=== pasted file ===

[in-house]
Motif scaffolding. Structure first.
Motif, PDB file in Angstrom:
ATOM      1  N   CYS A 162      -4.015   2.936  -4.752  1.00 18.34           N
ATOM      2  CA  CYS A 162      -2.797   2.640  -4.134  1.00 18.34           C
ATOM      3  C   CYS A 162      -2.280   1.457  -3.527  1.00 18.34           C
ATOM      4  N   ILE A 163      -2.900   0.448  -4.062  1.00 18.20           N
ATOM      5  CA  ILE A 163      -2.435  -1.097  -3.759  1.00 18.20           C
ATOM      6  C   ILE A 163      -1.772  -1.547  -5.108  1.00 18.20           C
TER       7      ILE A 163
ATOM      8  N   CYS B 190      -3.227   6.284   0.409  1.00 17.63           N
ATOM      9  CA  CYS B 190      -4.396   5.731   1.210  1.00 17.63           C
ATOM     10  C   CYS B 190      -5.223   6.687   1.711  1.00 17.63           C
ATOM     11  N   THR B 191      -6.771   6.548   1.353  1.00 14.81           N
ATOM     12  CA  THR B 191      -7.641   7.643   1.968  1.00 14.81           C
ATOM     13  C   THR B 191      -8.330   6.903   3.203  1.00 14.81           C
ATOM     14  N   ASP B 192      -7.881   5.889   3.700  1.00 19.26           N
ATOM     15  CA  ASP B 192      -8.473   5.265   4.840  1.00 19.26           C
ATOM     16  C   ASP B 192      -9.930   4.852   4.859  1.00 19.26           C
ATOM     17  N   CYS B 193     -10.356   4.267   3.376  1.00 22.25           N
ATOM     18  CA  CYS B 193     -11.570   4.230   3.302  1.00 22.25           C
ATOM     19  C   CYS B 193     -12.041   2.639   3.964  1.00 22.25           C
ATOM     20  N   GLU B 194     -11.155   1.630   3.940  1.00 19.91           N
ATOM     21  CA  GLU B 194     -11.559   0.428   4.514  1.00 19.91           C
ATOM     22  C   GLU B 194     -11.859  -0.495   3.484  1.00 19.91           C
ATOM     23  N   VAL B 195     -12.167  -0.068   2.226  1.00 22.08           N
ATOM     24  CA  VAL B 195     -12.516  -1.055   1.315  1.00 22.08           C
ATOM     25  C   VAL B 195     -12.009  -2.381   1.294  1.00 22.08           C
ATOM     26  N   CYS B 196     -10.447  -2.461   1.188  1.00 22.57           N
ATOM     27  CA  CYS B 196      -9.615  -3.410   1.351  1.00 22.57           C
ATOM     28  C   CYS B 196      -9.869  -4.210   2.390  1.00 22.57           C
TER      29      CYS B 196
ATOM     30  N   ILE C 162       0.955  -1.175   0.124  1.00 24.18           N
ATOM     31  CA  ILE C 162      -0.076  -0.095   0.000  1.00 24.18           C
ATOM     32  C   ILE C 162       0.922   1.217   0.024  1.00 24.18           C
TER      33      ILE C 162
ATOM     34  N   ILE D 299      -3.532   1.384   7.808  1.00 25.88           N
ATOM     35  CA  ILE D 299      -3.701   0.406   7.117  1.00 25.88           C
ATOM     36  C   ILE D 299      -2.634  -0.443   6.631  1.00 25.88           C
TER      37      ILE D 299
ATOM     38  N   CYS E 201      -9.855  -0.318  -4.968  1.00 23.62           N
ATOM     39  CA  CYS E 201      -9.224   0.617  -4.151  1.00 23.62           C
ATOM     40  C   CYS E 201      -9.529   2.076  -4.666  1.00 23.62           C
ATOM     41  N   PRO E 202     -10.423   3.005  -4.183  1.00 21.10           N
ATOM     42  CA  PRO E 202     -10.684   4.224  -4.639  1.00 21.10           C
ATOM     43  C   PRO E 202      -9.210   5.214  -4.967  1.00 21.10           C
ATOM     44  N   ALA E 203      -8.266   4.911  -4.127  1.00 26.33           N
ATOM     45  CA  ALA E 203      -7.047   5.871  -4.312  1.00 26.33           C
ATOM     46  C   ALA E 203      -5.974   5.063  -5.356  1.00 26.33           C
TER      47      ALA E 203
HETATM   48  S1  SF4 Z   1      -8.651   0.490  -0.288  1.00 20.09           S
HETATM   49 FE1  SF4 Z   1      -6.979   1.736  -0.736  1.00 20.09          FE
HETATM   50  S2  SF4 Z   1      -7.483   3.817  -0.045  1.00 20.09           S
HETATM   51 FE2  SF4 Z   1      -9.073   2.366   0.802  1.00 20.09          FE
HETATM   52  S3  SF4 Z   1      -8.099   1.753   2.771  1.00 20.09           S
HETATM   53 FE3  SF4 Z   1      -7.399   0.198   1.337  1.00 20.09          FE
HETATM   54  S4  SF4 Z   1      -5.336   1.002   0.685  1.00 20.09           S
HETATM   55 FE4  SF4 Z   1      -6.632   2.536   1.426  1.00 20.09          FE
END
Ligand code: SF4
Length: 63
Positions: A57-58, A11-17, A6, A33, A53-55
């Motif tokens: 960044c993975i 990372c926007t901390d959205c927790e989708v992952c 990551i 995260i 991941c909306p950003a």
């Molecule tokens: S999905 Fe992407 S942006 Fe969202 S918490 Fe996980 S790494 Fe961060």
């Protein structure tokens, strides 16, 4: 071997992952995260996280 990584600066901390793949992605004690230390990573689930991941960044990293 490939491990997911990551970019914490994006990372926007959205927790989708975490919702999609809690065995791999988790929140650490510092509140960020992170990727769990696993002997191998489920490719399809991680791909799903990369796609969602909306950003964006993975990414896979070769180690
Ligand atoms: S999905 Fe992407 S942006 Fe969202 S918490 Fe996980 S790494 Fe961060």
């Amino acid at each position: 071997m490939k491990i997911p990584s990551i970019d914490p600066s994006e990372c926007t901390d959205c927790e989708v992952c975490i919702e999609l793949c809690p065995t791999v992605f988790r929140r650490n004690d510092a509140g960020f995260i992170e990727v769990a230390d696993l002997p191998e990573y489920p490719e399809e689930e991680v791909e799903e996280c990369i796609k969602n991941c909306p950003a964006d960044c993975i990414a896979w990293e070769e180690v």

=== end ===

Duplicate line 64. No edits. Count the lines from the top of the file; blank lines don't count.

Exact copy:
């Molecule tokens: S999905 Fe992407 S942006 Fe969202 S918490 Fe996980 S790494 Fe961060």